for me, optimizing my {workflow,environment} is cathartic. making my setup visually appealing and working the way that's best for me helps me improve. it's an iterative process. if i dont try out new tools and evaluate new methodologies i cant accurately gauge what works best for me.

on top of that thought and experience activities where you force yourself out of your normal comfort zone can give you better perspective. things like our "week in the tty" challenge. i had considered myself a shell user until the 1st time i tried it. i realized how much i relied on things like xsel to jump-gap my clipboard between applications. after a few days w/o using x i gained new powers i didnt realize i "needed". now when i connect to a remote or headless box i'm much more agile and able to work w/o relying on applications i have locally. that being said, it also shows me how far {i,we}'ve come and how much i love tools in my kit.

when i first, seriously, decided to switch from {gui,ide like} editors to vi{m,} my guru z3bra gave me some sage like advice. "learn to use vanilla vi first. once you master the basics everything else will be a natural extension of it's capabilities" <i paraphrased him>. i was naive and didn't fully grok what he meant at first. but after years i've finally started to become enlightened to his wisdom. fast forward to the present my vimrc has changed quite a bit. and i use neovim locally with a bunch of plugins. the features i've added to the editor are lovely and help me a lot for my work. but none of them are "necessary" to me getting things done. now when using vi on an ancient server somewhere i still feel right at home. sure, it's not as "flashy" but as a tool it works just how i expect it to.

speaking of aesthetics; for me, having "good colors" is very important. i read better w/ light on dark colorschemes. for things like your gkt theme and terminal colors this can be achieved w/ relative ease. but for the web it's not so easy. i spend a decent amount of time using the same websites both at home and at work. so taking the time to write css overrides for those sites to make them match my color schemes is worth it to me. there's nothing worse that going to a site and being blinded by some neon white bg. the same is true with distilling visual information. i like to {remove,hide} entire sections of sites to help me focus on only the content i care about (e.g. make reddit more like lobsters).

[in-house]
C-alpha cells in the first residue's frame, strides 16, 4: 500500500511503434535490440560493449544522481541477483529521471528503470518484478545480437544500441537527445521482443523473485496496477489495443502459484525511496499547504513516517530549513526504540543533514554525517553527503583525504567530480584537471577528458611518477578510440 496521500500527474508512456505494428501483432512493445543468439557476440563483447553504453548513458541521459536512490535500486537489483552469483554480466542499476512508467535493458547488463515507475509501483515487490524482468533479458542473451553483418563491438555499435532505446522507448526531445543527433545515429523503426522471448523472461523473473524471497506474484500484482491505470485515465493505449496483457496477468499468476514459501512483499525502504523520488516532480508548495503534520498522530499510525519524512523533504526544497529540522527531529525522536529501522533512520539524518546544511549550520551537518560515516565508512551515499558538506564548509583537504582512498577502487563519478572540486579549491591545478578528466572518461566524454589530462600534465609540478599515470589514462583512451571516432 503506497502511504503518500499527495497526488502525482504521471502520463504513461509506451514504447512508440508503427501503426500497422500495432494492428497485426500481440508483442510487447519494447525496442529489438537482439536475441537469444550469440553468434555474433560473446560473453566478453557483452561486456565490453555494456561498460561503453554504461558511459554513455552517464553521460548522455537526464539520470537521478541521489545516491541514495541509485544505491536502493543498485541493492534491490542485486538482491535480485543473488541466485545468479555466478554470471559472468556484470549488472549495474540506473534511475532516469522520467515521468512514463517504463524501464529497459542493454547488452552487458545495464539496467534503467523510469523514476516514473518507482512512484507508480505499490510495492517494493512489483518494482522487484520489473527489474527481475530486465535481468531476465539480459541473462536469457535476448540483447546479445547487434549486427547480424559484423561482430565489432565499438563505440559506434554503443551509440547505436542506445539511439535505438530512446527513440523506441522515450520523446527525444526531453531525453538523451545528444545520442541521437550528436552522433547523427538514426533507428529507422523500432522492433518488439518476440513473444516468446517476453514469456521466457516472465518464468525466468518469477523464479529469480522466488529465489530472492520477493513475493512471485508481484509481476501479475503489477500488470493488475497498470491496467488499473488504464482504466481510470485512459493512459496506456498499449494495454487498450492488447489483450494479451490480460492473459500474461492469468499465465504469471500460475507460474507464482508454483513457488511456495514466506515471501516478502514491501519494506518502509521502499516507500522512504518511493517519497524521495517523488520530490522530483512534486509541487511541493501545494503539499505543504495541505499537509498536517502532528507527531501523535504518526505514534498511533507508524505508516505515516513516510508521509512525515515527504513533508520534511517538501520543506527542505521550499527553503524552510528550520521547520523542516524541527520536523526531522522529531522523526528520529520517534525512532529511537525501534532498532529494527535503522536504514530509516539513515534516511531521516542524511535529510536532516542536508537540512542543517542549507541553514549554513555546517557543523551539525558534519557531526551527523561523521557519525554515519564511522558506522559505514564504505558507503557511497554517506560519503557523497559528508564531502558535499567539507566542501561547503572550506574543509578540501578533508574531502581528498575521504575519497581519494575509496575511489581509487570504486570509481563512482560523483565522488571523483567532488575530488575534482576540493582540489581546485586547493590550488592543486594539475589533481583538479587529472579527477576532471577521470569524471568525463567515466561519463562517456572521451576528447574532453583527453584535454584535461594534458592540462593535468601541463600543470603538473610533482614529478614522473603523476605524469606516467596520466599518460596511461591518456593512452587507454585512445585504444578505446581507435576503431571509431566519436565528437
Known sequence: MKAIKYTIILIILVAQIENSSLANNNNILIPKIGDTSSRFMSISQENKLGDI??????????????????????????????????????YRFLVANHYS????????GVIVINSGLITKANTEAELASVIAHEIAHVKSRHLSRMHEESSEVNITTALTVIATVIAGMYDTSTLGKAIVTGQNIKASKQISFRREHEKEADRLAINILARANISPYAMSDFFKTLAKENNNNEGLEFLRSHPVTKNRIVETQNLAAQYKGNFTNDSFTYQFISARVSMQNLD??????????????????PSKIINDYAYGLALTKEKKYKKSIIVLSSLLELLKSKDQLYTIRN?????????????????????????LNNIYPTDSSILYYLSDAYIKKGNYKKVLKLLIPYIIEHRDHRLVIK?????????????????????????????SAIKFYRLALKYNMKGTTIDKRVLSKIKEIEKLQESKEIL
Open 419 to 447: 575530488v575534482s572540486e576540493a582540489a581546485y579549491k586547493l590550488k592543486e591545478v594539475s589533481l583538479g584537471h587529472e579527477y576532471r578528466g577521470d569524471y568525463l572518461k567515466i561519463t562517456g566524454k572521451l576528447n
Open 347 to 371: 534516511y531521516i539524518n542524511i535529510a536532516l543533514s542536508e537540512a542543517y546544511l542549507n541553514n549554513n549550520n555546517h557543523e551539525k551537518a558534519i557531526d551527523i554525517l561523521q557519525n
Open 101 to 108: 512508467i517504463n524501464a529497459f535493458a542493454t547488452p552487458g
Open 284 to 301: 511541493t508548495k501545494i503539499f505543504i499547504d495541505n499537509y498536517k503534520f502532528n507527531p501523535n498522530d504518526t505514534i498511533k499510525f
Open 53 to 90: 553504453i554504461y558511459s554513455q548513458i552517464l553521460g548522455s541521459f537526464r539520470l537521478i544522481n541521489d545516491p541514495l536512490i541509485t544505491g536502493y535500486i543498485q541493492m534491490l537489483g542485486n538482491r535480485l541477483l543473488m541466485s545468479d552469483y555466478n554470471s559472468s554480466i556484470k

now, to the actual topic of this post :P

i have a variety of shell scripts in my ~/bin folder that i use all the time. but they mostly just help me automate tasks i cant be bothered to remember to do manually. things like {dis,en}abling my touchpad or discrete graphics cart on my laptop, interacting w/ remote {pastebin,shortlink} services, or just fun stuff like processing and displaying terminal {ascii,ansi} art.

my real productivity enhancements have come from optimizing my toolchain and workflow.
(08-09-2018, 08:05 PM)z3bra Wrote:
addkeystoagent yes
forwardagent yes

The agent forwarded on the remote box now has access to all your keys -- i.e. some other root user on one of your work boxes can run:

sock=`ls -l /tmp/ssh-* | grep $YOUR_USER | awk '{print $NF}'`
SSH_AUTH_SOCK=$sock ssh irc.iotek.org
echo commence lulz...

A bit ago I wrote an inelegant hack to deal with this https://github.com/patrickhaller/bash-ssh-agent
I just checked the link for bat in op, assuming it to be some kind of battery display tool. I know that the `cat -v` thing is pretty funny now, but I honestly don't see the point in this at all. (if you didn't check the link, it's "cat with wings"). If I want to stick text files together or quickly view in a shell, I'll use cat. If I want to view/search it, i'll use less. If i want to edit it or do anything more, I'll use vi.

Since my introduction post, I used emacs less and less. Like z3bra, I think that the more I can cope with no config, the better (still want a monochrome setup though). Using vi has been an experience. I don't have syntax highlighting, but I prefer it without to be honest.

Mostly I do use a fairly vanilla system setup, which is even easier with Openbsd which comes with lots of good things by default. I add a couple of the suckless tool because I'm used to them. And a browser, and also git (it's kind of a necessity, whether I like it or not).

like xero said, colors on the web is difficult to get right. I haven't written any particular css overrides, and kind of just stick it (most of the web I use now is accessible through lynx, or rss ). I tried removing all css and applying some standard styles, but the amount of non-semantic html elements used these days makes it difficult for it to work on a lot of sites.

generally I don't like helper tools as it makes everything uncomfortable on other machines. on my own machine however I may add a few quality of life things just to make things take less time, but I don't like to get too attached.